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Switching to Right Team Leads Once-Wayward Teen to College

Times Staff Writer

Deonta Black was hanging with gangbangers and selling weed around Perris just a few years ago, trying to scrape together what he calls a “little fame on the streets.”

The 18-year-old landed in juvenile hall for nine months. He was angry. He talked back. So authorities shipped him to Optimist Youth Homes & Family Services, a Highland Park group home for at-risk or abused kids -- many of whom are on probation -- to finish high school.

Two years later, Black had his diploma, a couple of MVP titles and a sharp prom photo for his efforts. And in a few weeks, Black will leave for a place no one in his family has ever been: college.

His mother is excited but not surprised.

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“I knew he’d make it,” said Eugenia Jones, 35.

Josh Dunaj, an assistant basketball coach at Citrus College in Glendora, met Black this summer and saw potential. The 6-foot-6 shooting guard’s run-ins with the law didn’t concern Dunaj, who was more impressed with Black’s athleticism and the way he turned his life around.

“I know he’s had some problems,” said Dunaj, the new assistant coach at the community college. “I really believe he’s a really good, kindhearted kid.... I think he’s got a chance to be a very good basketball player as well. That’s all secondary just to make sure he’s on the right path in life.”

Black’s long arms and rebounding ability stood out enough that Dunaj offered him a golden ticket: a spot on the Owls squad and a shot at a college education.

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“You feel like you’re living your dream,” the teenager said.

When Black stands up and unfolds his lanky arms and legs, the results are slightly startling. A wiry 189 pounds, Black looks shyly down on the world below, his lean body concealed in an oversized T-shirt and jeans.

Strangers walk up to him at Wal-Mart: “You’re tall. Do you play basketball?”

Black likes the attention, even when it embarrasses him.

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It’s better than when his parents, who weren’t married, were fighting over custody of him, or when he tried to live in Moreno Valley with the father he didn’t know very well. Better than when he felt he couldn’t tell his mother anything and she kept fussing at him about that diploma.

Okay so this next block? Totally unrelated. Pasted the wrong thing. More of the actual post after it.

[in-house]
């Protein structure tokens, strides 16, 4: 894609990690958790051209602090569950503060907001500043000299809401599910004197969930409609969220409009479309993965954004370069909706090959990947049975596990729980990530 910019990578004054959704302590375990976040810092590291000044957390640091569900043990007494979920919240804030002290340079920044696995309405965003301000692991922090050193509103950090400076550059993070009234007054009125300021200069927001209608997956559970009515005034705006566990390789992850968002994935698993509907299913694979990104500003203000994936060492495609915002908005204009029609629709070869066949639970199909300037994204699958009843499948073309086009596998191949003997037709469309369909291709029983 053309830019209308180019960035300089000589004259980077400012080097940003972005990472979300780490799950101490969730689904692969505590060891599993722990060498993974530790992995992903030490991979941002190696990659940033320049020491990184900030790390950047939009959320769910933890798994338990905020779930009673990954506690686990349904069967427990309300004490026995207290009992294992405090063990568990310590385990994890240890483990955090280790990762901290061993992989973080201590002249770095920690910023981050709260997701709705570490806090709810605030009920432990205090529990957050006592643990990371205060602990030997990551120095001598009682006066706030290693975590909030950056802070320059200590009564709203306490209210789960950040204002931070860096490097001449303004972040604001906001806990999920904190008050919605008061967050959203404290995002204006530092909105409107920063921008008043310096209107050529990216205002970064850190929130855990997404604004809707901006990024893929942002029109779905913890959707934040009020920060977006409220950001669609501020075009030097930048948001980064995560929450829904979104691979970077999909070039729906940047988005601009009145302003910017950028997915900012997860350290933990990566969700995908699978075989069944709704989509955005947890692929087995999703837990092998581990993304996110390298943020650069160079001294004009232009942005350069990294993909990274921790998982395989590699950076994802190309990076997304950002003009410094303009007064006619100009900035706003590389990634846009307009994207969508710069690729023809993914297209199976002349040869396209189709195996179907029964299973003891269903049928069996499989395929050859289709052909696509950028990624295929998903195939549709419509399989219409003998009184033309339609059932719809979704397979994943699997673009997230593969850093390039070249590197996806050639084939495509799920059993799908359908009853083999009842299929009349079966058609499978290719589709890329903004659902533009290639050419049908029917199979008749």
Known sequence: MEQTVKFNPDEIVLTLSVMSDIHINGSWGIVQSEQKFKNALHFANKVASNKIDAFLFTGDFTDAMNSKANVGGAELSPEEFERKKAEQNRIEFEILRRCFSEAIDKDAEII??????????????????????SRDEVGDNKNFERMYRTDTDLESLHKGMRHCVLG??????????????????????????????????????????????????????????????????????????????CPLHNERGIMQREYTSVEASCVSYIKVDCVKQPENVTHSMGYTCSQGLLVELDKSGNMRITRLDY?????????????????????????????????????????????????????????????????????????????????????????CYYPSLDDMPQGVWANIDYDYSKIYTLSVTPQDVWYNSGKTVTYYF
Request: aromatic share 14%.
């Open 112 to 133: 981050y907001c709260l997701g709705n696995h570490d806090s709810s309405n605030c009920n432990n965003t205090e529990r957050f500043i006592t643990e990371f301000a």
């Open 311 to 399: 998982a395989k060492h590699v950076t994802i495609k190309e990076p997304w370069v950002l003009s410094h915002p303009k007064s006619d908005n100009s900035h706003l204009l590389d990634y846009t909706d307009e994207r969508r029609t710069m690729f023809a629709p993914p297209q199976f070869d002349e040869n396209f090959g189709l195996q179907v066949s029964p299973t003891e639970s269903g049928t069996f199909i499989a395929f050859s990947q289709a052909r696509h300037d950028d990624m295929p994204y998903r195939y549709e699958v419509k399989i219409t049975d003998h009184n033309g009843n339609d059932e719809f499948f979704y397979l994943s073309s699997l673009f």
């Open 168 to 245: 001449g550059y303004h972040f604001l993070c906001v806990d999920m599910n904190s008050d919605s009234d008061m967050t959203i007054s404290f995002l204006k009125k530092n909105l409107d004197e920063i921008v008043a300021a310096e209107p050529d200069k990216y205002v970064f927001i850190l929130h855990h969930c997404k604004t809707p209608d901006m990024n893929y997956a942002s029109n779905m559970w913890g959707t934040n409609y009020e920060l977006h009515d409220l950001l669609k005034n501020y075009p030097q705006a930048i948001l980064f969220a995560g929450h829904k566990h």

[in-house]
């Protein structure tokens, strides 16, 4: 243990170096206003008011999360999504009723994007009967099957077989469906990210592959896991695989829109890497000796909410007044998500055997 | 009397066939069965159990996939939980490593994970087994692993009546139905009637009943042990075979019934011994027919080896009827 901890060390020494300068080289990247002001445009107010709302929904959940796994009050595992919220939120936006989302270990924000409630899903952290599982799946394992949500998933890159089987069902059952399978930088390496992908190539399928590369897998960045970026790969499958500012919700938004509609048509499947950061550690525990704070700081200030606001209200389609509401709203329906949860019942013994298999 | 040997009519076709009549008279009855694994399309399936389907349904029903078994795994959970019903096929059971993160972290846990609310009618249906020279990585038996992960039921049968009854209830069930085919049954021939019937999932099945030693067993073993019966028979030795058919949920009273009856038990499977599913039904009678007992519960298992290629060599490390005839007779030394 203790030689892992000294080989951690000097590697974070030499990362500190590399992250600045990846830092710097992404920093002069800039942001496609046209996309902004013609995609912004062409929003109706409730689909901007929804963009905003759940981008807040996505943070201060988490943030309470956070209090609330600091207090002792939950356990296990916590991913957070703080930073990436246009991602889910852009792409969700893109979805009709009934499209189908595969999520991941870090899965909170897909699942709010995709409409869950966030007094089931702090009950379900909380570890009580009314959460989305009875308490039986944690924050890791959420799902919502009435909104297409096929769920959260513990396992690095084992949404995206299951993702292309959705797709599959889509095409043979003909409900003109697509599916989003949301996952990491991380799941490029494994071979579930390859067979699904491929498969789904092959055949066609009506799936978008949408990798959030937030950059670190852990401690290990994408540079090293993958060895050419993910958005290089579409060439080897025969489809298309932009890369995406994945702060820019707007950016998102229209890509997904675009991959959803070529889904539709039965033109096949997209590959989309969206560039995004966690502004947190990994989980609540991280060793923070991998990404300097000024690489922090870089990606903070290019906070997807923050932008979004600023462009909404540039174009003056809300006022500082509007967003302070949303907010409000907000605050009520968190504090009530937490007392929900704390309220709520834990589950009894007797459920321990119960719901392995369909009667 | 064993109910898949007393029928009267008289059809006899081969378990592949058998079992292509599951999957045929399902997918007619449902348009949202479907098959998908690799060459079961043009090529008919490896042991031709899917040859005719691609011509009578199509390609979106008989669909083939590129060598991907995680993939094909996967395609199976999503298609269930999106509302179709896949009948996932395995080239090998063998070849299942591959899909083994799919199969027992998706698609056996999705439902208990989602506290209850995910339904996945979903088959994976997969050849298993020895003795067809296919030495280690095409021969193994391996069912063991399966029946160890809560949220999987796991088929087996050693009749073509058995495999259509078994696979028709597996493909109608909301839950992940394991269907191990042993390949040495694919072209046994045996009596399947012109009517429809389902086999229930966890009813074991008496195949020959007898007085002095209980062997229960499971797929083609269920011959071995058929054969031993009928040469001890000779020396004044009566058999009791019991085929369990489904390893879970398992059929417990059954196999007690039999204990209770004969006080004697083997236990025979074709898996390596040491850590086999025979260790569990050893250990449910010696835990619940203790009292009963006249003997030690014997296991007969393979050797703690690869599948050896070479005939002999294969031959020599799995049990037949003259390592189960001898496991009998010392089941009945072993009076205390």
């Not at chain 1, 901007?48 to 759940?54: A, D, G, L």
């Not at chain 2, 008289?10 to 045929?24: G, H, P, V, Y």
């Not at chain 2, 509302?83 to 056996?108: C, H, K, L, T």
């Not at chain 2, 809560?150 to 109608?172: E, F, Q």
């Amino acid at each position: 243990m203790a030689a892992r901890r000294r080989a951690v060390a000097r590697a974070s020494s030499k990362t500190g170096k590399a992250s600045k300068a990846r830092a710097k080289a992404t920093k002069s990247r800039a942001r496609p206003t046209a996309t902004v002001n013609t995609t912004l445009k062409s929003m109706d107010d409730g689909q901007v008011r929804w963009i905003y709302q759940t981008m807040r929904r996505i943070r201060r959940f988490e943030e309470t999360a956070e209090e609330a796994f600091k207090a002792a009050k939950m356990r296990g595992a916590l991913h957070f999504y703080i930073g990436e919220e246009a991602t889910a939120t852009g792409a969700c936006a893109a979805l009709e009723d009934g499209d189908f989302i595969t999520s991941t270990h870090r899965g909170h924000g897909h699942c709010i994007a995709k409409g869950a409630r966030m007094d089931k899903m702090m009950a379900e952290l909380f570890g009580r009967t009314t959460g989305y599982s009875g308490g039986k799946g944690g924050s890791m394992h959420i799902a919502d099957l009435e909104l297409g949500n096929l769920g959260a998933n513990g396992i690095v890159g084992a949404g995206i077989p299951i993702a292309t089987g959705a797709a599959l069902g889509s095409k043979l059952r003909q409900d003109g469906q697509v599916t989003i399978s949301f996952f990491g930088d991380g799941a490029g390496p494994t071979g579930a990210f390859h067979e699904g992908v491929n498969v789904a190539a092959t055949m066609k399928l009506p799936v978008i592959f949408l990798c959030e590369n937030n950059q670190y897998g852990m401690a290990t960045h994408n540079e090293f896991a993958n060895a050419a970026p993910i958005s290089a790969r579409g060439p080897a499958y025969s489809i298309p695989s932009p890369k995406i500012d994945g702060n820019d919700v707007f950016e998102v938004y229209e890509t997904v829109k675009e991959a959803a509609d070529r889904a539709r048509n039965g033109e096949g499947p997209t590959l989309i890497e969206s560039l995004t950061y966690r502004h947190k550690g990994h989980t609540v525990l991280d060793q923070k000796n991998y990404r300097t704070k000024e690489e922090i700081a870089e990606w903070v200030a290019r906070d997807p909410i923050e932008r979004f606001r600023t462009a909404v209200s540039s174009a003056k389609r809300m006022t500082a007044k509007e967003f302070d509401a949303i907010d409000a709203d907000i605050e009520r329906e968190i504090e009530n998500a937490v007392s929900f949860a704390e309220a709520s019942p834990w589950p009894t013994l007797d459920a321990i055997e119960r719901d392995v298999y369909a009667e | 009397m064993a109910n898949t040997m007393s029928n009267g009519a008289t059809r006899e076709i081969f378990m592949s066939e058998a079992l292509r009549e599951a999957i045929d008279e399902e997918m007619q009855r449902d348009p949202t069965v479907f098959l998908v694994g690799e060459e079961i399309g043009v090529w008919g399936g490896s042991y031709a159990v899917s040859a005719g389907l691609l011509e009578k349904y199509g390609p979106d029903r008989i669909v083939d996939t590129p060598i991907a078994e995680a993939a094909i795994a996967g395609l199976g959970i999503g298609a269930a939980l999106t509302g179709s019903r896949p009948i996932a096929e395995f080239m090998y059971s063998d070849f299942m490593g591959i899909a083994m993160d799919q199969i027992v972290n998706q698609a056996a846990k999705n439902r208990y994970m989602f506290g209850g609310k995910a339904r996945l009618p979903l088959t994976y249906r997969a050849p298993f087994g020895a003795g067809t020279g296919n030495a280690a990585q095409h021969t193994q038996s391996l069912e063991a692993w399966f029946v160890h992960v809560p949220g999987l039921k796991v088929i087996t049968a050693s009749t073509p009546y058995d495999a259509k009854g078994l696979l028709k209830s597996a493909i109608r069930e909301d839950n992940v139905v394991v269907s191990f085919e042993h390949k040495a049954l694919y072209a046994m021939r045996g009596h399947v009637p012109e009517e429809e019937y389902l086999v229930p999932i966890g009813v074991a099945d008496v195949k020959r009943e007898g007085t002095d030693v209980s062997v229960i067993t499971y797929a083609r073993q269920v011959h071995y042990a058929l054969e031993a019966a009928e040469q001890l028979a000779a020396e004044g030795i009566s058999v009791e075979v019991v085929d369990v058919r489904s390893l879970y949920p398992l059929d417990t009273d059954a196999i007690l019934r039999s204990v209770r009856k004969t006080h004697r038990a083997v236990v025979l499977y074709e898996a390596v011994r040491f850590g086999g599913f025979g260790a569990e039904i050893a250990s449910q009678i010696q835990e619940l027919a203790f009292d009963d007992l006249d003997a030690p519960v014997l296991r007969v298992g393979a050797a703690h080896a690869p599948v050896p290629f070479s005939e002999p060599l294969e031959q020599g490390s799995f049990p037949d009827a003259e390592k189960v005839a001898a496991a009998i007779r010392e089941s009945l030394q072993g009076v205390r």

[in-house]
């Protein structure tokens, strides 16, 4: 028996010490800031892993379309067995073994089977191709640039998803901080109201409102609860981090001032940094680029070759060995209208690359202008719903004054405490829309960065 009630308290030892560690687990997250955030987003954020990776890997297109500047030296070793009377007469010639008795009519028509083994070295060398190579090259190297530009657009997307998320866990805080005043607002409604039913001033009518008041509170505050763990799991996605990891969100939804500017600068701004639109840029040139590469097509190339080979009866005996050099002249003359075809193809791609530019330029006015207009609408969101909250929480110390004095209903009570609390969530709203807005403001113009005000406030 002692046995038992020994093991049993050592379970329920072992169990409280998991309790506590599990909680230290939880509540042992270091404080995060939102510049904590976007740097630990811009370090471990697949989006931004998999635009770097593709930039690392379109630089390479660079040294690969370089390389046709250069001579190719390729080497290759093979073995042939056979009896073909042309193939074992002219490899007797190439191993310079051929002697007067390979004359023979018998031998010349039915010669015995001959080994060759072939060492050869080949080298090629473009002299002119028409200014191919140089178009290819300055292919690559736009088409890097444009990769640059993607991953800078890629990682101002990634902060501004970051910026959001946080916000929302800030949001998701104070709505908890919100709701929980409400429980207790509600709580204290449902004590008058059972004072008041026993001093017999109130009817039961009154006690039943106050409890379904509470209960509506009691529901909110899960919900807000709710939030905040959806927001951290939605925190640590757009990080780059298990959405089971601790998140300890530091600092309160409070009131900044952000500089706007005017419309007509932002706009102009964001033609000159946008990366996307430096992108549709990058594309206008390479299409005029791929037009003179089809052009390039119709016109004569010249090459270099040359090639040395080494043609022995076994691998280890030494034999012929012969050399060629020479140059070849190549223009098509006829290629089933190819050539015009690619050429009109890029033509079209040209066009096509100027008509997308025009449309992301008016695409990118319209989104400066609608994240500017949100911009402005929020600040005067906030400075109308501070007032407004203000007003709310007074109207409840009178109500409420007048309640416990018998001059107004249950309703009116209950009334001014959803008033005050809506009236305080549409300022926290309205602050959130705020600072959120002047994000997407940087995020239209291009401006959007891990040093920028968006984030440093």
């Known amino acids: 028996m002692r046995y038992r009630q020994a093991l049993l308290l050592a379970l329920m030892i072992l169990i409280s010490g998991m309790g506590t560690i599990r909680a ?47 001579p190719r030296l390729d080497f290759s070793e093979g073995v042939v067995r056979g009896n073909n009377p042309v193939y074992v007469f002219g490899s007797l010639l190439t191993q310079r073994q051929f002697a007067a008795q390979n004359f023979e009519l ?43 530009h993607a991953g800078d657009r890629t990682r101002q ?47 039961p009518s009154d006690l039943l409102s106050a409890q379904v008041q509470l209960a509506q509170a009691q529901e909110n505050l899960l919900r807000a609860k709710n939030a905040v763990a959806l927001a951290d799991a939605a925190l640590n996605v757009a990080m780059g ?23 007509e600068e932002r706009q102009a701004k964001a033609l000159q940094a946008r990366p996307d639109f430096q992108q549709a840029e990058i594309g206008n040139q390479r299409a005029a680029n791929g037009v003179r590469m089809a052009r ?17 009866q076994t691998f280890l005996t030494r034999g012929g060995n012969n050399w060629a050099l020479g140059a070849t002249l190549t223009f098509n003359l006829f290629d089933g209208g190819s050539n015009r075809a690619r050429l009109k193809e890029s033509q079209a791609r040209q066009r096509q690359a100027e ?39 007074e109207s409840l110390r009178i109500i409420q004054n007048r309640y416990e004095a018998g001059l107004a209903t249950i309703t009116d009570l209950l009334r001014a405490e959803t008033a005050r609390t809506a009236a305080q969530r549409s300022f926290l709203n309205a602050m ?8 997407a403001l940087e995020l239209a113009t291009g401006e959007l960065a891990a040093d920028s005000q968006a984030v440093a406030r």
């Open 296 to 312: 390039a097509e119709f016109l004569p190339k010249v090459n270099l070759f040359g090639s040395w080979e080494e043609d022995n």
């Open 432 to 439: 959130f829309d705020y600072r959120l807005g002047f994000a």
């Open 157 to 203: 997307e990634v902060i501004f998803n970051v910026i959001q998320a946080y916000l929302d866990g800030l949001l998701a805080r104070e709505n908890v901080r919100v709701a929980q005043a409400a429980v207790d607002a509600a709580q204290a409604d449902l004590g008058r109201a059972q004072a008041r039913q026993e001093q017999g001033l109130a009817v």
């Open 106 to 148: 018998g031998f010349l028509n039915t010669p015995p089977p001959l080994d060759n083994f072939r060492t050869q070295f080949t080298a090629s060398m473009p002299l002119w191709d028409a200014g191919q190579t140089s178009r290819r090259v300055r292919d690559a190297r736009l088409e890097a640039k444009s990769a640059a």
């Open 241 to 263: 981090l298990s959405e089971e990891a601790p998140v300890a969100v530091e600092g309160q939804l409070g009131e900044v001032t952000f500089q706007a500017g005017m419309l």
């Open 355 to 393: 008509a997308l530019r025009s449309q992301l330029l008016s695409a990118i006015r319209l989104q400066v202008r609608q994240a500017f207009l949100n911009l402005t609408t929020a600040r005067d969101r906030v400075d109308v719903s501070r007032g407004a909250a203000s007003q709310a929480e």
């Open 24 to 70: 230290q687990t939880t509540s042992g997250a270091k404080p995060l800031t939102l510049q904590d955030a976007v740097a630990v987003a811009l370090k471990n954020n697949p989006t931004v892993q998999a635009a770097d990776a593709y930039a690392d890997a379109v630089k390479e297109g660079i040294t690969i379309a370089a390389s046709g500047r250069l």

“He was a pretty shut-down kid, kind of depressed,” Alan Eskot, director of education at Optimist High School, which is run by the group home, said of Black when he first arrived on campus. Early on, Black picked a fight with another gang member in the gym.

“Every day there it was, like, stressful,” Black said. “Wondering how my mom was doing. I was real mad I had to go. I didn’t want to go. I felt that L.A. was too far away from home.”

Then he decided to work with the system rather than fight it.

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“If I want to get up out of here and do the things I want to do, I have to be accountable,” Black said.

After that revelation in the fall of 2003, Eskot said, “he really blossomed.” The high school teaches 200 students with behavioral and other problems, the administrator said, noting that more than half live in housing on the site.

Black juggled classes with a job at the local Super 8 grocery store and playing basketball for the Optimist Stars and later the Eagle Rock High School Eagles when he was dual-enrolled at the public school his senior year. This season, he made Los Angeles’ all-city second team.

“I was always a good kid,” Black said. “I was hanging out with the wrong people.”

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Coaching him in summer tournaments, Dunaj has seen what can happen when Black surrounds himself with healthier influences.

“You could seem him brighten up,” Dunaj said. “He became a good teammate.... He just has a great attitude.”

Citrus’ program is one that emphasizes academic achievement and pushes its players on to four-year schools, Dunaj said. The college was introduced to Black through basketball, Dunaj said, but “we hope to help him with a lot more than that.”

Black has hopes of playing professionally but also has a backup plan to earn a business degree and run his own business in case NBA dreams don’t materialize. He models his game after hero Tracy McGrady, the Houston Rocket, who doesn’t play cocky “but can take over the game whenever he wants,” Black said.

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His mother teased him as the two lounged in her Hemet apartment, pride flashing in her eyes.

“Makes me feel like I’m sitting with Kobe already,” Jones said, laughing. “He doesn’t like it when I say that.”

Without basketball, Black said, there would be no college.

“They know I ain’t gonna mess this up,” Black said. “I want this real bad.”

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